Some charities 'don't buy into' revealing senior executive pay, says chair of steering group

Rosie Chapman, who chairs the charity governance code steering group, told MPs in a personal capacity that the 'sunshine is the strongest disinfectant' argument doesn't wash with some charities

Rosie Chapman
Rosie Chapman

Some charities "do not buy the argument" for publishing senior executive pay, a meeting of the All-party Parliamentary Group on Charities and Volunteering has heard.

Rosie Chapman, independent chair of the charity governance code steering group, but speaking in a personal capacity, told a meeting of the APPG yesterday three issues had been raised with her informally by charities since the new governance code was published in July.

She said transparency, and specifically reporting executive pay, was one of those issues, despite the new code merely reflecting long-standing guidance issued by the National Council for Voluntary Organisations in 2014.

The NCVO recommends that charities should provide details of the exact pay of their senior executives in accessible places on their websites.

Chapman said some individuals in the charity sector had argued that providing the exact salaries for senior executives had driven up wages elsewhere because it "acts as a head-hunters’ charter".

She said: "The reaction by some charities to that is some people do not buy the argument for doing it," she said. "The ‘sunshine is the strongest disinfectant’ argument is not washing with some charities."

Chapman said one of the other issues was diversity. She said feedback she had received suggested that charities thought diversity on boards was an important issue, but many were nervous about how to make this a reality.

The third issue, she said, was how a charity’s board could help to drive forward the organisation, with the related issue of board dynamics, including regular reviews of trustees’ performance.

Chapman said that uptake of the previous code had been patchy, but this could be down to the code being voluntary.

Baroness Pitkeathley, the Labour peer who chaired the House of Lords Select Committee on Charities, which published its final report in March this year, said she hoped the report would help charities to improve, but warned that morale in the sector was currently low.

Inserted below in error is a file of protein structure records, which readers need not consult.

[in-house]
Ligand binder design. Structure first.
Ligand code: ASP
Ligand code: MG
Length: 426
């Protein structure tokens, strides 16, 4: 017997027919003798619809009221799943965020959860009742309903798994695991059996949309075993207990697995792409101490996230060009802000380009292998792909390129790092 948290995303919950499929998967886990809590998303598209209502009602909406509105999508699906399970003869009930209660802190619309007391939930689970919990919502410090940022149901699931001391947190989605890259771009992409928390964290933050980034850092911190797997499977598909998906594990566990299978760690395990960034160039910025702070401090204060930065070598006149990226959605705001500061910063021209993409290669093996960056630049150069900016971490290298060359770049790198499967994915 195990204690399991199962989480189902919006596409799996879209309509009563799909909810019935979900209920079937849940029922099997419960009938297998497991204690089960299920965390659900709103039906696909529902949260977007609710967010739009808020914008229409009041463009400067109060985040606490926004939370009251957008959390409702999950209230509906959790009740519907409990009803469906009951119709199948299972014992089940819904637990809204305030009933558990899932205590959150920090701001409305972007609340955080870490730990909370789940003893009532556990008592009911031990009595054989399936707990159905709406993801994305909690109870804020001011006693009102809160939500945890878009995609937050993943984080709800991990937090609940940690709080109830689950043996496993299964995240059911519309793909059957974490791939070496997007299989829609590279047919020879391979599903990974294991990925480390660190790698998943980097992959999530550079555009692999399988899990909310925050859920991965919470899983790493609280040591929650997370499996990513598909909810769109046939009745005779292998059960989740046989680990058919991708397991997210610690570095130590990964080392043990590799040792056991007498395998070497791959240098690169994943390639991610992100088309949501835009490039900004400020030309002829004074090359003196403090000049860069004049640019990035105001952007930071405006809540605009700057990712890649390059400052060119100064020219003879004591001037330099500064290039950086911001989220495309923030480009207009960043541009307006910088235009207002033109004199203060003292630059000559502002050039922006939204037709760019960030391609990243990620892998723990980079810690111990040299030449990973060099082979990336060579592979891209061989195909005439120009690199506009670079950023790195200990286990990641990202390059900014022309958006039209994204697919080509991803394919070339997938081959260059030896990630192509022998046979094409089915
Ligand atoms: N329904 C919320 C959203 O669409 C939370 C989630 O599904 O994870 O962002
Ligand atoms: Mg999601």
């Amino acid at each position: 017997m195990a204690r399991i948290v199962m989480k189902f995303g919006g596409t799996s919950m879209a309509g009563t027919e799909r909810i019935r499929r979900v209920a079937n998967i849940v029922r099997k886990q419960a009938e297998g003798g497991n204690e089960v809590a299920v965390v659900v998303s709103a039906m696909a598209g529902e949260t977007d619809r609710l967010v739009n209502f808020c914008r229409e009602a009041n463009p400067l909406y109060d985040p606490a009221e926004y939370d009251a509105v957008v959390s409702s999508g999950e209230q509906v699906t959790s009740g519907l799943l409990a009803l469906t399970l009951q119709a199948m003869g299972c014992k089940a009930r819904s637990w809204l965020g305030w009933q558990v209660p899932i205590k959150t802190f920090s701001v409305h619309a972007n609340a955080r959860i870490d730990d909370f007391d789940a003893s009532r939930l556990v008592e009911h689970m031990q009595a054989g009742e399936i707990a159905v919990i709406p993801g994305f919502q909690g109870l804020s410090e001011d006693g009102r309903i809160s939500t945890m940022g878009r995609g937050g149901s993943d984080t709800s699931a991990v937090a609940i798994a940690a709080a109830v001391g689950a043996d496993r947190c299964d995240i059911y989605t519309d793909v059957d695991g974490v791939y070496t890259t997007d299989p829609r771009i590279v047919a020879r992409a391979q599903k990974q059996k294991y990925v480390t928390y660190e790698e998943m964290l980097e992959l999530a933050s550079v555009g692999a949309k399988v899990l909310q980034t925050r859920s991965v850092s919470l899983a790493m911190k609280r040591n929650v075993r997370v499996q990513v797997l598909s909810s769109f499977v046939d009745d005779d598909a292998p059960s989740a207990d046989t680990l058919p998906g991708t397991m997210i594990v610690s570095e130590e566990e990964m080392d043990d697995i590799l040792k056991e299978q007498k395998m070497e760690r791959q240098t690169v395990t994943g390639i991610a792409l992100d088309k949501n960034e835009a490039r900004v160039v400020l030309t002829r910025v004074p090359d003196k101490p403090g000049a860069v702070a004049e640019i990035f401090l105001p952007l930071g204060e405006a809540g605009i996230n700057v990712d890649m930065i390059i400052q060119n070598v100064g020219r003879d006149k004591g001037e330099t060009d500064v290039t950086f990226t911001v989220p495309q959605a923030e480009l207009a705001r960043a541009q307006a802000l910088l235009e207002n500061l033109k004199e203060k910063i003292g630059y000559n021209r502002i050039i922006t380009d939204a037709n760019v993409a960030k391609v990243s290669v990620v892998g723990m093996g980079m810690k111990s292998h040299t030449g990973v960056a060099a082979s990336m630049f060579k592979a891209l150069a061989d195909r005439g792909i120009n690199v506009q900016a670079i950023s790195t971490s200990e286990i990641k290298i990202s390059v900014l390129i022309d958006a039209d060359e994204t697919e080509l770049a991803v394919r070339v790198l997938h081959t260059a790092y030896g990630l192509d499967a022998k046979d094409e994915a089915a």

"Trust has undoubtedly been knocked in charities, there’s no doubt about that," Pitkeathley said. "My feeling is it is beginning to get better, but we can never take it for granted.

"Charities’ confidence in themselves is important in this regard, and I hope the report has gone some way to increasing the sector’s confidence in itself."

Pitkeathley said that all charities should have some way of measuring their impact on their beneficiaries, and that although she was keen to avoid burdening charities with excessive reporting, "they should be able to say what they have done".

Pitkeathley also provided an update on the government response to the report, which is normally due within three months of the publication of an ad-hoc committee’s report.

Because of the general election, which was announced shortly after the committee’s report was released, there has not yet been a government response to it, although Pitkeathley said she expected that to happen in October.

At the meeting, Pitkeathley, Susan Elan Jones, the Labour MP for Clwyd South, and the Conservative peer Lord Hodgson of Astley Abbotts were all reappointed as co-chairs of the APPG, Martin Docherty-Hughes, the SNP MP for West Dunbartonshire, was reappointed as vice chair and the Conservative peer Lord Shinkwin was reappointed as treasurer.

Jeremy Lefroy, the Conservative MP for Stafford, was appointed a co-chair, replacing Chris White, who lost his seat at the general election.

In 2013, Lefroy called for charitable status to be removed from charities that pay senior staff more than £100,000 a year, a proposal that was rejected by the then-charities minister Nick Hurd.

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